Why the NASCAR franchise system is a bad idea

With the Franchise System even if you are a wanker you are guaranteed a starting spot in every NASCAR race.

I asked James Hinchcliffe the other day what he thought about the new NASCAR franchise system and he said it worked in just about every other big-league sport and he didn't see any reason why it wouldn't work there.

I'm not so sure. Although they might have the occasional difference or disagreement, people who hold franchises in the NHL, NFL, NBA and Major League Baseball all get along with each other because they are all in business together. Maybe they squabble (although I really don't think so) but they keep it private.

Auto racing? You've got to be kidding. The teams in Formula One are always at war, usually over money. Indy car racing has been ripped apart how many times because the owners couldn’t get along with each other. NASCAR worked because the France family owned the business and many of the tracks and if you wanted to race you had to do it their way. With the franchise system, that is not the case any more.

Two years ago — maybe a little less — the most powerful team owners in NASCAR announced they had formed a working group to investigate how they could better be involved in France family decisions on racing rules, cost containment, race scheduling and so-on. That Brian France didn't announce that they were all suspended surprised me at the time and still surprises me. By agreeing to work with this group, France and NASCAR opened the door to the henhouse. Now the foxes are all inside and it's only a matter of time before feathers start flying and things start falling apart.

It's already had a negative effect on the racing. The traditional NASCAR Sprint Cup field of 43 has been cut to 40 and 36 spots are reserved for franchised teams. There is now no danger at all of — say — Danica Patrick missing a race because she didn't qualify well. She drives for a team that has a franchise and she's in, regardless of what happens.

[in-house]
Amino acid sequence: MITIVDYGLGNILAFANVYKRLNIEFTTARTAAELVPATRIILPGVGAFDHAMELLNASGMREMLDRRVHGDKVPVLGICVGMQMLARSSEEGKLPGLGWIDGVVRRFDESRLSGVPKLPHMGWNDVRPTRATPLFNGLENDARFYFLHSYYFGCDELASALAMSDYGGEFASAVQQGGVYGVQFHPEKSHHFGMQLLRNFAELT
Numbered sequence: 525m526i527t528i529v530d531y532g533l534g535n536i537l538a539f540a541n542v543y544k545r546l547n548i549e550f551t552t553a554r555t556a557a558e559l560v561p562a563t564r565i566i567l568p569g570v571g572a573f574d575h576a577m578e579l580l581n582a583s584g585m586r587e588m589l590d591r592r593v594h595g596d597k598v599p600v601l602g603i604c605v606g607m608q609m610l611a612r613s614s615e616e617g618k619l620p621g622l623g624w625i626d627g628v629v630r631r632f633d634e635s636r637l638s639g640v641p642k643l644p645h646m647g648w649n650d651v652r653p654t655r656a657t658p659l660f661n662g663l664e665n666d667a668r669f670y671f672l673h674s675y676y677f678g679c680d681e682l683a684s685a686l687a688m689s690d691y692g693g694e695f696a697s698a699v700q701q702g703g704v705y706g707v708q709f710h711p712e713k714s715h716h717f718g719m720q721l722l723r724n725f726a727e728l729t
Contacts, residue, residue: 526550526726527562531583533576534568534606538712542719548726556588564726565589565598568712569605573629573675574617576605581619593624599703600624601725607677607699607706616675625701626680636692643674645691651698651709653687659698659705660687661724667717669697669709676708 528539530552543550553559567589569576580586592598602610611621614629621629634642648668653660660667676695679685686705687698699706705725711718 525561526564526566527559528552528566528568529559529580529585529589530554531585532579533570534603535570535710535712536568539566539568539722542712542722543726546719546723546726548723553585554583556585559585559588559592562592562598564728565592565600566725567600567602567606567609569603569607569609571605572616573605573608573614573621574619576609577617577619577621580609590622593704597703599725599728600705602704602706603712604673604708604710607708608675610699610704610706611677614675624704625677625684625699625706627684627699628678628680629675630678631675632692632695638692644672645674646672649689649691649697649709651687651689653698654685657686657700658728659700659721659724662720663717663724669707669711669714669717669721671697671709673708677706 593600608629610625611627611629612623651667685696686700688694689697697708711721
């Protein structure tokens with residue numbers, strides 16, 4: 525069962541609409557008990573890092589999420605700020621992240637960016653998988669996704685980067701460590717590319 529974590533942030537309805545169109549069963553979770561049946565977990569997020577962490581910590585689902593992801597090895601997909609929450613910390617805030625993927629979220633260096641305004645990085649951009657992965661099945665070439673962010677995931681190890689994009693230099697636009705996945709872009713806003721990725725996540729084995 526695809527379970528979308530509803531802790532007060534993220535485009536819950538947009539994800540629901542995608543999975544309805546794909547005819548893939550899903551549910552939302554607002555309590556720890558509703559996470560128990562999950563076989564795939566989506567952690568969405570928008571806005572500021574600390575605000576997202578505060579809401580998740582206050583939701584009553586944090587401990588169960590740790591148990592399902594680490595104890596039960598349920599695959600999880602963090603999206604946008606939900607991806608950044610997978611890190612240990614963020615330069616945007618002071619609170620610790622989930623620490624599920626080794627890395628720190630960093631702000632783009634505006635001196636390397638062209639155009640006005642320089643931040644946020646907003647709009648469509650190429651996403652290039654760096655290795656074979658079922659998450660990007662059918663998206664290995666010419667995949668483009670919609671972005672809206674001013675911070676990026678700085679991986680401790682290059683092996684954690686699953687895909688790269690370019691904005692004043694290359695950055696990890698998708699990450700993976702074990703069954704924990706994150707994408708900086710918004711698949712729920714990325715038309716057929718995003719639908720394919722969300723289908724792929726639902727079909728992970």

Last night, they ran the two qualifying races for Sunday's Daytona 500. Know how many spots were up for grabs? Two. Exactly two. Once upon a time, when NASCAR stock car racing was an open competition sport, everything other than pole and outside pole was available. Joe Schmoe from Pittsburgh could show up in Daytona Beach and as long as his car passed tech and safety inspection, he could run one of those races and, with luck, maybe snag a spot in the Daytona 500.
Can't happen any more.

And what about the cheaters and cheating that goes on? Before the franchise system, drivers and teams were at the mercy of NASCAR. Remember when Michael Waltrips' team was caught cheating in the final race before the Chase a few years in Richmond (which I think was just smart racing and not cheating at all but what do I know . . .)? Remember that? When a guy was kicked out of the Chase and another two added? It is highly unlikely that will ever happen again. Norris McDonald/Toronto Star

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